+ <b>JOURNAL SET 1 (WEEKS 1-5):</b> the first section of the course concerns short fiction. Suggested journal entries: Wharton (250 words, i.e. ½ page single-spaced); Poe (250 words); Kinkaid (100 words); Chekhov (250 words); Danticat (250 words); Tolstoy's "Ivan Ilych" (500 words – your entry should span various sections of the text, not just one); Tolstoy's "Kreutzer Sonata" (500 words – again, your entry should span various sections of the text). <b>Due Date:</b> Email all entries clearly labeled and bundled into a single MS Word or similar file by the end of SUNDAY 09/30.


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- <b> Week 9.</b> Yeats' poetry. There are seven poems in this section, including W.H. Auden's fine elegy. Choose at least three of them and write 350 words distributed among them. Other Modernists †150 words on T. S. Eliot's "Prufrock" and 100 words on a poem by either Wallace Stevens or Ezra Pound.
+ <b> Week 9.</b> Yeats' poetry. There are seven poems in this section, including W.H. Auden's fine elegy. Choose at least three of them and write 350 words distributed among them. Other Modernists – 150 words on T. S. Eliot's "Prufrock" and 100 words on a poem by either Wallace Stevens or Ezra Pound.


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- What should go into the individual entries that make up a given set? Focus on each text's specific language, themes, and structure to develop your comments, and on substantive questions or observations that arise about the works themselves as you read. DO NOT BOTHER WITH THE FOLLOWING: large quoted chunks of the assigned text, detailed biographical material, ideas gleaned from professional online or hard-copy "notes," or vague generalisms about life and literature. As the British romantic poet William Blake once wrote, "to generalize is to be an idiot." (Of course, that's a generalism, but stillâ¦.) Your thinking should be your own, not a copy-and-paste job. Not all of the online notes one finds on the Web are terrible, but they usually say what "everybody knows." Simply retailing what everybody else supposedly thinks won't encourage you to do the kind of learning that might mean something to you personally. Strike out instead on your own path. The Impressionist critic Walter Pater said that any critic's first task is to register and come to grips with his or her own impressions about the object being experienced. Pater was right: if you can't get clear on your own impressions, on your own questions and observations, you're not likely to say much of interest to anyone else. Make clarity your goal, then, in the journal entries and full sets that you develop.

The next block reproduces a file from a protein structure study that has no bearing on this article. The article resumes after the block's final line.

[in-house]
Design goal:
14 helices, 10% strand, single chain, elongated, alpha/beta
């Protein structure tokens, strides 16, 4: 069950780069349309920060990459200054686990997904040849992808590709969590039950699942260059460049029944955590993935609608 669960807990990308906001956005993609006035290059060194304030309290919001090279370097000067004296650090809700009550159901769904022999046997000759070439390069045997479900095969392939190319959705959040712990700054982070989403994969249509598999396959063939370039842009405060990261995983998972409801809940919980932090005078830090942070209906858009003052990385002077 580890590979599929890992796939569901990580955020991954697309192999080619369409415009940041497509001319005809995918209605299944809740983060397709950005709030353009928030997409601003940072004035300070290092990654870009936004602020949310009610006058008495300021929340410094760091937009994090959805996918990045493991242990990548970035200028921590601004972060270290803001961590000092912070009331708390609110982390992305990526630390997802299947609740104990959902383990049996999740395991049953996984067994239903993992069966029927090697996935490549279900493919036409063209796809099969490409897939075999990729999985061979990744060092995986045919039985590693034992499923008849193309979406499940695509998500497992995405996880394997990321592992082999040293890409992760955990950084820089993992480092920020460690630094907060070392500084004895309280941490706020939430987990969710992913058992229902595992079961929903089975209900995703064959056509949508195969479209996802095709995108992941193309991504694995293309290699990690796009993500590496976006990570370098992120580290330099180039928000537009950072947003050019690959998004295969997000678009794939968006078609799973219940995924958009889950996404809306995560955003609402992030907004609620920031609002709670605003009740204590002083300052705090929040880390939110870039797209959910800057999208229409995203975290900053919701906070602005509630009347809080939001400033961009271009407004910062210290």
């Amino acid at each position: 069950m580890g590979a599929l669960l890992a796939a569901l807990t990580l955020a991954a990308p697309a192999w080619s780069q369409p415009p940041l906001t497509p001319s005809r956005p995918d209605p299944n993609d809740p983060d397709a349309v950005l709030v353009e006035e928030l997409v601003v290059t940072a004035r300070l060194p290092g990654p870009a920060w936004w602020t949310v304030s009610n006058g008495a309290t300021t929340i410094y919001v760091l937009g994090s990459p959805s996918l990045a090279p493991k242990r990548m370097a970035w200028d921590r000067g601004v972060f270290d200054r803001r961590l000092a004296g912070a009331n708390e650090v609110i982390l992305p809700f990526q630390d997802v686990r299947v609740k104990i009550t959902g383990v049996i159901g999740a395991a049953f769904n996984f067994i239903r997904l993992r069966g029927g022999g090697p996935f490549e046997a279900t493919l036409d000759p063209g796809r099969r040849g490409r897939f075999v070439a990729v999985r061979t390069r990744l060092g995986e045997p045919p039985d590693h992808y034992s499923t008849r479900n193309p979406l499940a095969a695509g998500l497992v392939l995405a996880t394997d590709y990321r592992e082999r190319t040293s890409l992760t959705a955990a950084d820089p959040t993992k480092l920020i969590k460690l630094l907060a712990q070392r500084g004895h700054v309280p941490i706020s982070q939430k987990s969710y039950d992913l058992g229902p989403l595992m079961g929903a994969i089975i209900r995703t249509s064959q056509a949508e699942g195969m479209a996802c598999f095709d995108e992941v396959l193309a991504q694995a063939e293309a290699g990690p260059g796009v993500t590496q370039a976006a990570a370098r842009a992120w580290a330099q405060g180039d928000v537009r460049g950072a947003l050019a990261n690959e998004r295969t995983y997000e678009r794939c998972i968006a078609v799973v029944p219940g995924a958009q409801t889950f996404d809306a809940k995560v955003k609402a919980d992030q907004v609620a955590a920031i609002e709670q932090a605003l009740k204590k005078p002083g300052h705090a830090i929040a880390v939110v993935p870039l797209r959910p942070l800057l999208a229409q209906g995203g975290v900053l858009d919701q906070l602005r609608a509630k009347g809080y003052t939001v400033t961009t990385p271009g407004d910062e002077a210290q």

+ What should go into the individual entries that make up a given set? Focus on each text's specific language, themes, and structure to develop your comments, and on substantive questions or observations that arise about the works themselves as you read. DO NOT BOTHER WITH THE FOLLOWING: large quoted chunks of the assigned text, detailed biographical material, ideas gleaned from professional online or hard-copy "notes," or vague generalisms about life and literature. As the British romantic poet William Blake once wrote, "to generalize is to be an idiot." (Of course, that's a generalism, but still….) Your thinking should be your own, not a copy-and-paste job. Not all of the online notes one finds on the Web are terrible, but they usually say what "everybody knows." Simply retailing what everybody else supposedly thinks won't encourage you to do the kind of learning that might mean something to you personally. Strike out instead on your own path. The Impressionist critic Walter Pater said that any critic's first task is to register and come to grips with his or her own impressions about the object being experienced. Pater was right: if you can't get clear on your own impressions, on your own questions and observations, you're not likely to say much of interest to anyone else. Make clarity your goal, then, in the journal entries and full sets that you develop.